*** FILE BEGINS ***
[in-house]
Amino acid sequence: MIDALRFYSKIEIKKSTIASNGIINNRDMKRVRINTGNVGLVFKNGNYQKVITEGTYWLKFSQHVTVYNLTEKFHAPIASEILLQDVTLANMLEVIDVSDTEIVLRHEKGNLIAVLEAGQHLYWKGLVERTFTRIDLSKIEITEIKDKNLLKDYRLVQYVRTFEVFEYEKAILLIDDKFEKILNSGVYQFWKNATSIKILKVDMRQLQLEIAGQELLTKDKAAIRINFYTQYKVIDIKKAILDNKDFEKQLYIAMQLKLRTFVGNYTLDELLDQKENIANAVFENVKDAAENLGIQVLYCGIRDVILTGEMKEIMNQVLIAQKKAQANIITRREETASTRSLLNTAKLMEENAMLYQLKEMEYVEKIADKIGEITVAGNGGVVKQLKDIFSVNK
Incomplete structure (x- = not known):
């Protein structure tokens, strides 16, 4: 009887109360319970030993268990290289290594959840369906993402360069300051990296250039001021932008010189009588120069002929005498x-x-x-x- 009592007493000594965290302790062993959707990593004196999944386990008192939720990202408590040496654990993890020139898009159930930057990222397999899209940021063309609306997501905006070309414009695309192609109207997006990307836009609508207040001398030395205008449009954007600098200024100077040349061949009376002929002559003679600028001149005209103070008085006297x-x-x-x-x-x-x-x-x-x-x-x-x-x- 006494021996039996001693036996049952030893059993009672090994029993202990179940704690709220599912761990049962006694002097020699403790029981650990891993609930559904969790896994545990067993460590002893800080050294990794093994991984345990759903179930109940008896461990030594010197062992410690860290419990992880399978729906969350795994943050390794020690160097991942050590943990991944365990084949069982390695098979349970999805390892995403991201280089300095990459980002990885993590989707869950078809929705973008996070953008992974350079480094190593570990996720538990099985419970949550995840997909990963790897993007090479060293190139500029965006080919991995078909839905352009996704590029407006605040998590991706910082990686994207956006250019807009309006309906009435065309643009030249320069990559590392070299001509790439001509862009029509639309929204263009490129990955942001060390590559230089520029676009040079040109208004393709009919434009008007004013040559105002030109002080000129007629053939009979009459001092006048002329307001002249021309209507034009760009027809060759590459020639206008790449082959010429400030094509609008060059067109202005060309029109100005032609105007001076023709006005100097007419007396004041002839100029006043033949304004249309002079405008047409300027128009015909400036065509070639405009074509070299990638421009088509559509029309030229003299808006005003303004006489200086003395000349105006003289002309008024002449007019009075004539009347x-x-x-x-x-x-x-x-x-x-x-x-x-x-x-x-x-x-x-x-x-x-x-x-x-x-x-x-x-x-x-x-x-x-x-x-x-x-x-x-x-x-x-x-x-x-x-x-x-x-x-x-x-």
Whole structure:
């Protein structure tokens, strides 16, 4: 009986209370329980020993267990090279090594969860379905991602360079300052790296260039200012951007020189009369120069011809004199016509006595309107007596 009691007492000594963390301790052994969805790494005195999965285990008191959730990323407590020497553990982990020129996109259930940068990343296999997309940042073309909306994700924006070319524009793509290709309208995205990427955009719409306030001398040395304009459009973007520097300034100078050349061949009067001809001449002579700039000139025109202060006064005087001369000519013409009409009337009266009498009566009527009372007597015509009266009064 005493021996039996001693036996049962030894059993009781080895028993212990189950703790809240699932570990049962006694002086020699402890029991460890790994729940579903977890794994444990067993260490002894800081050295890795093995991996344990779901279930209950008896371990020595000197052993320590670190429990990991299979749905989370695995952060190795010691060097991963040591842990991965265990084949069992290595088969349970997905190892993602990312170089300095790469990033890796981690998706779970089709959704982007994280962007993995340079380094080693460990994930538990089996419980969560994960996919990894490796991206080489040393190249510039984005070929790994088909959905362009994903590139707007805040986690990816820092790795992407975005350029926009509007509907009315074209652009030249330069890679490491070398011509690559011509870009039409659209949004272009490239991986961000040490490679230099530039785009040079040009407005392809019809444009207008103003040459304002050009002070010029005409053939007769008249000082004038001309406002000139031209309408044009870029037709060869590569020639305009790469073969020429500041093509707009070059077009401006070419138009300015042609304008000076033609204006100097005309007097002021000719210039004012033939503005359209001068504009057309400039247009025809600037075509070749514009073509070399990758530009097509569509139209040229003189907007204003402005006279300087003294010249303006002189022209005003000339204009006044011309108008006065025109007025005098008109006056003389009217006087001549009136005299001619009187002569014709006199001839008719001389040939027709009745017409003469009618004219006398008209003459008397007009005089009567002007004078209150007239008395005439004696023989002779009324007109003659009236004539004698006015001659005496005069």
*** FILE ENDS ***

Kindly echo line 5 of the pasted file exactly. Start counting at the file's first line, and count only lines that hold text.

Whole structure: